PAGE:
586 The "amentum" was a leather thong tied to the middle of the javelin, to assist in throwing it, though it is unknown how it added to the effect. It has been suggested that it was by imparting rotation, and consequent steadiness.
587 Ætolus was said to have been the son of Endymion, of Elis, who, having accidentally killed one of his countrymen, left his native place, and settled in the part of Greece named after him, Ætolia.—B.
588 See B. xxviii. c. 6. This was the Roman "veru," or "verutum," so called from its resemblance to a spit. Its shaft was three feet and a half long, and its point five inches. The "Velites" did not form part of the Roman legion, but fought in scattered parties wherever they were required.
589 The "pilum" was short and thick; its shaft, often made of cornel, was partly square, and five feet and a half long. The head was nine inches long. It was used either to throw or thrust with, and, in spite of what Pliny says, was peculiar to the Romans.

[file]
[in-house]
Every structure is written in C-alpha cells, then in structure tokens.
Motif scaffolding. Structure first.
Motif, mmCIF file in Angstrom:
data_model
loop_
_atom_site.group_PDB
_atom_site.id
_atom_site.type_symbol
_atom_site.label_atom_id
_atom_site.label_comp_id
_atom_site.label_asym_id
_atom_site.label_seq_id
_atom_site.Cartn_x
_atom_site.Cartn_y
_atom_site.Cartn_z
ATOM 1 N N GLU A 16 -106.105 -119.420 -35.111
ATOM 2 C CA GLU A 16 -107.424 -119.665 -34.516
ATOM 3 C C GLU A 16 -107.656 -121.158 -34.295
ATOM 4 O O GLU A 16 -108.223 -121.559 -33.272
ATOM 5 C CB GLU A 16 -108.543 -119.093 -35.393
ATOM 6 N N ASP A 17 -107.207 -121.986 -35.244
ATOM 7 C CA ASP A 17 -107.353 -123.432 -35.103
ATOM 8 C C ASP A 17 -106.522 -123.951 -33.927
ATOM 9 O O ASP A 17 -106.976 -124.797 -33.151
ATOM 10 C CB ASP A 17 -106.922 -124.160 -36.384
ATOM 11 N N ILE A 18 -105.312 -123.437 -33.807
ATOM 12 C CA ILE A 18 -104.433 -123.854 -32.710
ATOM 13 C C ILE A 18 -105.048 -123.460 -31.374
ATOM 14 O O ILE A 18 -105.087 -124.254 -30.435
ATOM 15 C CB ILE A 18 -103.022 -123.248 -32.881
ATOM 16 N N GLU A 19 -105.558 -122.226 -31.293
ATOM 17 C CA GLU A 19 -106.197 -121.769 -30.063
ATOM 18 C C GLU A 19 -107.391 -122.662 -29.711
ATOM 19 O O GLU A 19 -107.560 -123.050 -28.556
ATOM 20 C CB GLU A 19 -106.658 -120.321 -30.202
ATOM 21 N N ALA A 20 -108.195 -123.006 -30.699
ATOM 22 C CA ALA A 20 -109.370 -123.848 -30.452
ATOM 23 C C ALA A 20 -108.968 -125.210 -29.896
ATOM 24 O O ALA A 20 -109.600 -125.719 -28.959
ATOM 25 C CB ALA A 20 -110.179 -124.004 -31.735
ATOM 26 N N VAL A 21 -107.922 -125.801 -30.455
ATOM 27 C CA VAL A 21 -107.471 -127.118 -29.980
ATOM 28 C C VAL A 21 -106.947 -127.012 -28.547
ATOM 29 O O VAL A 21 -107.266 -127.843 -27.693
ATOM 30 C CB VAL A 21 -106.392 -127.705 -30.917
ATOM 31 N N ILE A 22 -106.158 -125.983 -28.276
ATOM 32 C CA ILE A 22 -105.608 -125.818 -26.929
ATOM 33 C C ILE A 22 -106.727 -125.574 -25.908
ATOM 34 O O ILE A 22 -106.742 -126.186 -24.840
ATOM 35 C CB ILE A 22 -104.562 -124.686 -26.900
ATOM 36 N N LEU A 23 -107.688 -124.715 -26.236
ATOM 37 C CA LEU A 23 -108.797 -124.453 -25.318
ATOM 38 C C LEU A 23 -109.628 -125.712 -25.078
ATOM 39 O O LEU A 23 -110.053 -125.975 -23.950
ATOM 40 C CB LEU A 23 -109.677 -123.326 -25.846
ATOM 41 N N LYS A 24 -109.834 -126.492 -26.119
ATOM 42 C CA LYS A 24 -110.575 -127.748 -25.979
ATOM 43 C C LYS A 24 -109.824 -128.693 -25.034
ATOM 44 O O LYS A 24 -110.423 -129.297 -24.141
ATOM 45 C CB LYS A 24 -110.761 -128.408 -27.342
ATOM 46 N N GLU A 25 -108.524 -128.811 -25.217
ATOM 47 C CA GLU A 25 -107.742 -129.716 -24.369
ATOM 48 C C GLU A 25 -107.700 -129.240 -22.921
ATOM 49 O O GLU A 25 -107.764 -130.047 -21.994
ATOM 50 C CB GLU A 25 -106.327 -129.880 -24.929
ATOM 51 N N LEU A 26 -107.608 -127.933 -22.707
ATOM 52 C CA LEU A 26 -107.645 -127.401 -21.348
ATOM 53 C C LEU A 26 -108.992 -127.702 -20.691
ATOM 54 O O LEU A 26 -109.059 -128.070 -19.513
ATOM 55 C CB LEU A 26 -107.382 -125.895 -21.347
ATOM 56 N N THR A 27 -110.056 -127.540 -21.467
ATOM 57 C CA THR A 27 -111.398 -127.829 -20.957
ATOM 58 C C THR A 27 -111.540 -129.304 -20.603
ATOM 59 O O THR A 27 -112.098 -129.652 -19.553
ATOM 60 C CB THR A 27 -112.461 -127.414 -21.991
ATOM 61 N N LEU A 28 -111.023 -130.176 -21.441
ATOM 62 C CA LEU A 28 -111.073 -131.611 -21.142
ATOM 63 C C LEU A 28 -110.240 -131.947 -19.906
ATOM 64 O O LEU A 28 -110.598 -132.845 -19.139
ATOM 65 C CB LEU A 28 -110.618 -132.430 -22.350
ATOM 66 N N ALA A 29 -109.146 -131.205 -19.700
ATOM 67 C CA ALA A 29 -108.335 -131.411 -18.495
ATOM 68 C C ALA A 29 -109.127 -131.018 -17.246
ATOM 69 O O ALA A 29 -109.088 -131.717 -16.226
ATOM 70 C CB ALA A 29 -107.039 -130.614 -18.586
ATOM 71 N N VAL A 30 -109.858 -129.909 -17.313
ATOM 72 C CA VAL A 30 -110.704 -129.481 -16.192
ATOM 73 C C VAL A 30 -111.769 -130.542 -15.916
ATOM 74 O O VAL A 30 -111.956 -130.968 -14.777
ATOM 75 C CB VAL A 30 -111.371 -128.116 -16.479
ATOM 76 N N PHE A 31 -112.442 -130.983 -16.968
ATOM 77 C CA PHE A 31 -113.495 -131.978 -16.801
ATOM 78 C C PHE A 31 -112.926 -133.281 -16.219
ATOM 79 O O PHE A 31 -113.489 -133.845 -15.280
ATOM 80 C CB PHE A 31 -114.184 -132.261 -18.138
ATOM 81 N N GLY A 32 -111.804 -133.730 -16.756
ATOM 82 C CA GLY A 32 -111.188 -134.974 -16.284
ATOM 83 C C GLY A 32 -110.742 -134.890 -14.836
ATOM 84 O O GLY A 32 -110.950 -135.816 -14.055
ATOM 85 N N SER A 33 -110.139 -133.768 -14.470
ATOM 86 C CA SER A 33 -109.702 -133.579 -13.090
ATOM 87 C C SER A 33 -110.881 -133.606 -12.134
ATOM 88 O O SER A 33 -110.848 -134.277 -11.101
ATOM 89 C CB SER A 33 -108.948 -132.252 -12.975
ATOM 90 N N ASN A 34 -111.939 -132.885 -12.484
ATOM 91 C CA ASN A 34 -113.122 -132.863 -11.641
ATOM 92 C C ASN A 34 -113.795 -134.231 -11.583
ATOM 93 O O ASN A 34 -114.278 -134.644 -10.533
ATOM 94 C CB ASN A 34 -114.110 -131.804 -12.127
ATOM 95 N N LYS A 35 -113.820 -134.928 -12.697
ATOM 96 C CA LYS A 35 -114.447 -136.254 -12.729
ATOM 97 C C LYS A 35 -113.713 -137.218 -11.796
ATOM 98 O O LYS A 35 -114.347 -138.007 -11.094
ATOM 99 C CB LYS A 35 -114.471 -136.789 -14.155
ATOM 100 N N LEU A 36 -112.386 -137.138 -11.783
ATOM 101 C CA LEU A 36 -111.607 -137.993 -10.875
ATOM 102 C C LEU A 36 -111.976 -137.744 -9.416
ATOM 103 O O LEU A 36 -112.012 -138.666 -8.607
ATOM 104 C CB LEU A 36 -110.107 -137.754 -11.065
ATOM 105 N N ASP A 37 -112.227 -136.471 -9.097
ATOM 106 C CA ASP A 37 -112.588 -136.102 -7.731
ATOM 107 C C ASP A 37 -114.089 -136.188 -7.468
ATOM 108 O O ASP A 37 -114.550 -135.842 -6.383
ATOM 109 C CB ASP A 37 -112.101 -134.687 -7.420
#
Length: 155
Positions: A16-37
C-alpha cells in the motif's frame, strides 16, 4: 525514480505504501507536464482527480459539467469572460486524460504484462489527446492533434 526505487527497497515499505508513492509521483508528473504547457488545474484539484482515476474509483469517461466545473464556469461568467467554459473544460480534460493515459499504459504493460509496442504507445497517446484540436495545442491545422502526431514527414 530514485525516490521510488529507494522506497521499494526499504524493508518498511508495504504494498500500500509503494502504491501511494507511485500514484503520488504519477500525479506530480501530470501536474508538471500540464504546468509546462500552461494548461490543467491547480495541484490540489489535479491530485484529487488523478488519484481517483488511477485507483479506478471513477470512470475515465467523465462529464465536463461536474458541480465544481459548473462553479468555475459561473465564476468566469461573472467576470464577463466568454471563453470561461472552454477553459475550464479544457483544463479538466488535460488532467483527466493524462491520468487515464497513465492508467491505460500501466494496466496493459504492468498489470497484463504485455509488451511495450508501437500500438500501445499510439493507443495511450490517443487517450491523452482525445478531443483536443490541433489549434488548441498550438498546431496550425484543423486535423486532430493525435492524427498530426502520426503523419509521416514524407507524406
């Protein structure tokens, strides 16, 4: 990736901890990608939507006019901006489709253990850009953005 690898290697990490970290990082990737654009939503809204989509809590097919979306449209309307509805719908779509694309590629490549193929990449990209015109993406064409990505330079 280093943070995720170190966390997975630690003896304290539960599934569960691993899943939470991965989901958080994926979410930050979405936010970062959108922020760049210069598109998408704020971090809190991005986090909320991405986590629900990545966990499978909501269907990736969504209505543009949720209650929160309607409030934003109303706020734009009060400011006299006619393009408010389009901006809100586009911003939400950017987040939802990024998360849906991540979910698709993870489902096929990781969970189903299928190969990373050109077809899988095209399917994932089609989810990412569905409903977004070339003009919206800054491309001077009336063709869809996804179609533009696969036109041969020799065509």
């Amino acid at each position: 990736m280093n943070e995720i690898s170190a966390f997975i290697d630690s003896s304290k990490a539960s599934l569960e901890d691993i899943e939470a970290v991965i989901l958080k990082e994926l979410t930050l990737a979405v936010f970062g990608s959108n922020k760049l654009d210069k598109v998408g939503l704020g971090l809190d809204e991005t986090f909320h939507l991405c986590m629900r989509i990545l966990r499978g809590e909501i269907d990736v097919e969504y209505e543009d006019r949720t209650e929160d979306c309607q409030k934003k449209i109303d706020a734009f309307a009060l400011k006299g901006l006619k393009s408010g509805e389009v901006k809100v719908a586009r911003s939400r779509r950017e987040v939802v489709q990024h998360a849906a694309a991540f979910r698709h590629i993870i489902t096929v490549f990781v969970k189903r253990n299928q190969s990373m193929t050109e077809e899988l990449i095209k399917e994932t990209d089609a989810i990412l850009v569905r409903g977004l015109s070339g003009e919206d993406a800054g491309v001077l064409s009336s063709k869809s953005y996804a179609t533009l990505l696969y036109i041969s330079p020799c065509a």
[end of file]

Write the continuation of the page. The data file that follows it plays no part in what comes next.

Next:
590 Julius Firmicus ascribes the invention of the apparatus used in hunting to the Cretans; and Gratius, Cyneg. 1. 108, that of the hunting spear, with its iron spike, to Dercylus, of Amyclæ.—B.
591 Vitruvius informs us, that the catapulta and the balista were instruments formed upon the same principle, the former being adapted for the discharge of arrows, and the latter, masses of stone. Cæsar, however, in his account of the siege of Massilia, Bell. Civ. B. ii. c. 8, speaks of stones being thrown by the catapulta. Ælian, Hist. Var. B. vi. c. 12, says, that it was invented by Dionysius, the first king of Syracuse.—B.
592 Strabo ascribes the invention of the sling to the Ætolians; he informs us, that the inhabitants of the Balearic Isles, so famous for their dexterity in the use of this instrument, originally obtained it from the Phrygians.—B.
593 According to Hyginus, Tyrrhenus, the son of Hercules, invented the trumpet; Clemens, of Alexandria, and Athenæus, ascribe the invention to the Tyrrhenians.—B. Virgil speaks, B. viii. 1. 526, of the "clangor of the Tyrrhenian trumpet."